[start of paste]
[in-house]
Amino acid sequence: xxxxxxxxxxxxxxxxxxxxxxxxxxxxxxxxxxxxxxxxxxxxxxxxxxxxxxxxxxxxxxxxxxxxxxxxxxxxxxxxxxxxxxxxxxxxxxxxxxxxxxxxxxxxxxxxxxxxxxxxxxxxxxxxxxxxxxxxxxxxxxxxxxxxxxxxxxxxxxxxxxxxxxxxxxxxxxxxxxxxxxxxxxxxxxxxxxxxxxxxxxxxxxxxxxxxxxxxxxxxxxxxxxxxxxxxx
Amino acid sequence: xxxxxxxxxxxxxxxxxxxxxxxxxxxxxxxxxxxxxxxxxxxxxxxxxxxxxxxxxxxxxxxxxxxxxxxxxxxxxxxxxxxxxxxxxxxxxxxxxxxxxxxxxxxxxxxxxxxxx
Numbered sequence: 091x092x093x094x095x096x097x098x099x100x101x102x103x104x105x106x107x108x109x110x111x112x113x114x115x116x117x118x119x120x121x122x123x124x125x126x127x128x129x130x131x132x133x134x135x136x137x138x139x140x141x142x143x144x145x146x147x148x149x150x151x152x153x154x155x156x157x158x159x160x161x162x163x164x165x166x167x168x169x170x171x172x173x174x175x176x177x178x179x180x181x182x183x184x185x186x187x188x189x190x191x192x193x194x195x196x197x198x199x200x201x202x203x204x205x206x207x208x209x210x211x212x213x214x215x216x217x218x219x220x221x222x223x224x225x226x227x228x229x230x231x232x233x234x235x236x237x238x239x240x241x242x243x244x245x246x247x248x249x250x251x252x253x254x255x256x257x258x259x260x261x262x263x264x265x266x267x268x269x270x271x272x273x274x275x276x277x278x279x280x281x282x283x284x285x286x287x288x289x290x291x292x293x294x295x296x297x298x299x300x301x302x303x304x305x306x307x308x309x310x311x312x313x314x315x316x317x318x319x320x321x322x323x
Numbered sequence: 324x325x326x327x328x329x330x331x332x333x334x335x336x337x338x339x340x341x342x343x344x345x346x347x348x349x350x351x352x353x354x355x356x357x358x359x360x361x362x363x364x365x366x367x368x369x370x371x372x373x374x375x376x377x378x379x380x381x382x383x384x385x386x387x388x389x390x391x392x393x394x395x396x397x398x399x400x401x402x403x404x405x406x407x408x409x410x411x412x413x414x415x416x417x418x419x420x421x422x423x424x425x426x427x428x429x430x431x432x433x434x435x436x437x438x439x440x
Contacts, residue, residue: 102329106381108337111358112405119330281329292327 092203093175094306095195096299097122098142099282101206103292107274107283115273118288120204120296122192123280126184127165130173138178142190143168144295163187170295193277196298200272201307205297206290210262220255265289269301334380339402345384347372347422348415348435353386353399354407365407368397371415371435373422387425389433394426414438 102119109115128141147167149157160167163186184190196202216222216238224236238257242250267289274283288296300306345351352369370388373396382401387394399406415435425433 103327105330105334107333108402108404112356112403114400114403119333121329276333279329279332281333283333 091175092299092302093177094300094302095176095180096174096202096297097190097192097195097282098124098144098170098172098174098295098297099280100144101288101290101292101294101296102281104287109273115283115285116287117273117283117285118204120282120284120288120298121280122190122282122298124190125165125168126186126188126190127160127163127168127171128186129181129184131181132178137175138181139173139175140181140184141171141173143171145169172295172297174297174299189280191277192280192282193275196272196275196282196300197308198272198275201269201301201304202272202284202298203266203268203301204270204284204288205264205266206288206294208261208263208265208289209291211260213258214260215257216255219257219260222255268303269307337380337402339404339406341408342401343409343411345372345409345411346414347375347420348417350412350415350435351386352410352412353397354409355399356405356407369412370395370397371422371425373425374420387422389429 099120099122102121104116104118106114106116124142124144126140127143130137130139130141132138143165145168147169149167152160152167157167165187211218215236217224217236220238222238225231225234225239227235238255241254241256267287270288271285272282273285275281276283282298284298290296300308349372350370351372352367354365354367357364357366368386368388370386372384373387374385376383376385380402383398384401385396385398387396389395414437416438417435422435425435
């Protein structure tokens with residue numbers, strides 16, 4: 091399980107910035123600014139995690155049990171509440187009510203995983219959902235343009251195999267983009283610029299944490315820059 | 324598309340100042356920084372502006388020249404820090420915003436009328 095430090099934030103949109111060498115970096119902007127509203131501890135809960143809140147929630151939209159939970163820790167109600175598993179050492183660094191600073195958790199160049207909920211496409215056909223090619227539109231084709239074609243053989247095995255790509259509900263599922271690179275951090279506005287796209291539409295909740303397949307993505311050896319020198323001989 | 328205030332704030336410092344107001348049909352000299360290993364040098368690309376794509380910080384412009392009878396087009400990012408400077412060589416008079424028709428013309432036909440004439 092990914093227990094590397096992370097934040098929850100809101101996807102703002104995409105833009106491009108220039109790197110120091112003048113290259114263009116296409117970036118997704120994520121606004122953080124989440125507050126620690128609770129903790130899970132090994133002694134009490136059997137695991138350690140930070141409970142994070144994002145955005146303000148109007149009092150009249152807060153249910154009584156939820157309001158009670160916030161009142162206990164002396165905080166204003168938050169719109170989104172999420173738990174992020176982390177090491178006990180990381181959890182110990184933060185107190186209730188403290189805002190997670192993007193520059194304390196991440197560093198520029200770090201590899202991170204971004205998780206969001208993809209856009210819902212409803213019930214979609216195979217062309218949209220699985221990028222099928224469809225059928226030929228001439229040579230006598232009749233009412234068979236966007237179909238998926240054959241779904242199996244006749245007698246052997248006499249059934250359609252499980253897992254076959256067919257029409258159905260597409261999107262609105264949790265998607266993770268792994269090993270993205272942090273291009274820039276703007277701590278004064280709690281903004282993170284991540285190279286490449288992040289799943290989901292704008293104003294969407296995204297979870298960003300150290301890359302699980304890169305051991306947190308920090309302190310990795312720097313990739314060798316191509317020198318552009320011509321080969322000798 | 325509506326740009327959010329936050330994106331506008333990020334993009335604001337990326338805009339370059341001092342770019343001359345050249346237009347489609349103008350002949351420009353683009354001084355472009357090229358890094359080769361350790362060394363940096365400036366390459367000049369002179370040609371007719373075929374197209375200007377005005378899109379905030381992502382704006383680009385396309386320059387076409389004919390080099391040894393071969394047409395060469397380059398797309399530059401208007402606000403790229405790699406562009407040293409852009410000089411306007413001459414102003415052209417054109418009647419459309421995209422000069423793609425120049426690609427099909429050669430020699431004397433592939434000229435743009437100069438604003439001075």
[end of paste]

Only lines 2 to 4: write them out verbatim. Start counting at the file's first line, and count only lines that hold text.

Amino acid sequence: xxxxxxxxxxxxxxxxxxxxxxxxxxxxxxxxxxxxxxxxxxxxxxxxxxxxxxxxxxxxxxxxxxxxxxxxxxxxxxxxxxxxxxxxxxxxxxxxxxxxxxxxxxxxxxxxxxxxxxxxxxxxxxxxxxxxxxxxxxxxxxxxxxxxxxxxxxxxxxxxxxxxxxxxxxxxxxxxxxxxxxxxxxxxxxxxxxxxxxxxxxxxxxxxxxxxxxxxxxxxxxxxxxxxxxxxx
Amino acid sequence: xxxxxxxxxxxxxxxxxxxxxxxxxxxxxxxxxxxxxxxxxxxxxxxxxxxxxxxxxxxxxxxxxxxxxxxxxxxxxxxxxxxxxxxxxxxxxxxxxxxxxxxxxxxxxxxxxxxxx
Numbered sequence: 091x092x093x094x095x096x097x098x099x100x101x102x103x104x105x106x107x108x109x110x111x112x113x114x115x116x117x118x119x120x121x122x123x124x125x126x127x128x129x130x131x132x133x134x135x136x137x138x139x140x141x142x143x144x145x146x147x148x149x150x151x152x153x154x155x156x157x158x159x160x161x162x163x164x165x166x167x168x169x170x171x172x173x174x175x176x177x178x179x180x181x182x183x184x185x186x187x188x189x190x191x192x193x194x195x196x197x198x199x200x201x202x203x204x205x206x207x208x209x210x211x212x213x214x215x216x217x218x219x220x221x222x223x224x225x226x227x228x229x230x231x232x233x234x235x236x237x238x239x240x241x242x243x244x245x246x247x248x249x250x251x252x253x254x255x256x257x258x259x260x261x262x263x264x265x266x267x268x269x270x271x272x273x274x275x276x277x278x279x280x281x282x283x284x285x286x287x288x289x290x291x292x293x294x295x296x297x298x299x300x301x302x303x304x305x306x307x308x309x310x311x312x313x314x315x316x317x318x319x320x321x322x323x